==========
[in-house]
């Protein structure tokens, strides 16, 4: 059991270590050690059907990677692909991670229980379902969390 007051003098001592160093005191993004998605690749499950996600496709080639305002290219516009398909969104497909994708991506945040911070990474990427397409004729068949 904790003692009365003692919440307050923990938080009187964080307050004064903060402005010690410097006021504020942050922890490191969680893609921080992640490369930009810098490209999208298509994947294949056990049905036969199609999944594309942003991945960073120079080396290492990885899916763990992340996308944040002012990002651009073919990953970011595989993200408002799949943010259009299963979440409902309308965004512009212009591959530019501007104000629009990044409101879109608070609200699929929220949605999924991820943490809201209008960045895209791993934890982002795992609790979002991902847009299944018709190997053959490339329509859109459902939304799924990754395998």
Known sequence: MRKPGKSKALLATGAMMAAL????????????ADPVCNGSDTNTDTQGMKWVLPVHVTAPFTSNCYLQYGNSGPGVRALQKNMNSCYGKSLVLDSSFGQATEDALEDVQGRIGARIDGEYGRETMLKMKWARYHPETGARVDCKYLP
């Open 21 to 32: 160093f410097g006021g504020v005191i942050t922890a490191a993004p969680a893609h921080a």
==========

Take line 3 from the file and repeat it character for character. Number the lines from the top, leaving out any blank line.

Known sequence: MRKPGKSKALLATGAMMAAL????????????ADPVCNGSDTNTDTQGMKWVLPVHVTAPFTSNCYLQYGNSGPGVRALQKNMNSCYGKSLVLDSSFGQATEDALEDVQGRIGARIDGEYGRETMLKMKWARYHPETGARVDCKYLP